Ethephon, an ethylene-releasing product that is applied as a preharvest application, has been used commercially with success to promote red color development in early- and midseason red cultivars in other countries. However, applications of ethephon on ‘Fuji’ in the warm conditions of the central San Joaquin Valley did not improve red color formation (Day, Kevin). It appears that ethephon is not capable of inducing red color formation when light and temperature requirements for red color formation are not met.

High-quality water applications have been suggested to reduce fruit temperature (evaporative cooling) and thereby enhance color formation under warm climate conditions. Use of this technique should be studied in detail prior to commercial application because of the potential negative side effects.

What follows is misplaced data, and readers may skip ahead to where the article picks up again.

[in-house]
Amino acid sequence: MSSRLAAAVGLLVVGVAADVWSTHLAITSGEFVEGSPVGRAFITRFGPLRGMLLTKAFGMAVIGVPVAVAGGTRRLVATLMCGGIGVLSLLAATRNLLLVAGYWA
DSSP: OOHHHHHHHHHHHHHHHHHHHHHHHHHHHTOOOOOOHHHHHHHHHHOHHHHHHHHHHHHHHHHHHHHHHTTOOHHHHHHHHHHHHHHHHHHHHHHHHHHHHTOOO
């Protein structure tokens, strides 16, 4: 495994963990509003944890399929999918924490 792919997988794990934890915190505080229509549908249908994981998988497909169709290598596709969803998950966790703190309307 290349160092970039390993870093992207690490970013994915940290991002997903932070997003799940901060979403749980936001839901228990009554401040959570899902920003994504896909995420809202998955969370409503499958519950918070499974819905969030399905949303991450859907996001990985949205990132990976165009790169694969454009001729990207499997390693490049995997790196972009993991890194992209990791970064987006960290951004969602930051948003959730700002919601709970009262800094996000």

Although reflective materials have been used on apples in Japan and China to enhance color development, the approach is new in the United States. This article summarizes 2 years' work on ‘Fuji’ apple skin-color development under the warm San Joaquin Valley conditions.

Aluminum foil and plastic

We evaluated reflective materials for red color development during the 1993 and 1994 seasons on ‘Fuji’ apples growing in the San Joaquin Valley. In the 1993 trial, an aluminum foil laminated to a cloth backing (Namura Co., Japan) and a polyethylene plastic (Specialty' Ag., Reedley) were laid on the soil surface between tree rows in a ‘Fuji’ apple orchard trained to a Lincoln trellis. We tested reflective material in widths of 20 and 40 inches.

TABLE 1. ‘Fuji’ apple red color characteristics affected by using reflective materials (Lincoln trellis, 1993)

TABLE 2. ‘Fuji’ apple color characteristics affected by using reflective materials (Lincoln trellis), north-south rows, 1994

TABLE 3. ‘Fuji’ apple color characteristics affected by using reflective materials (central leader), north-south rows, 1994

TABLE 4. Impact of reflective materials on the number of boxes commercially packed by grade, ‘Fuji’ apple north-south Lincoln trellis, 1994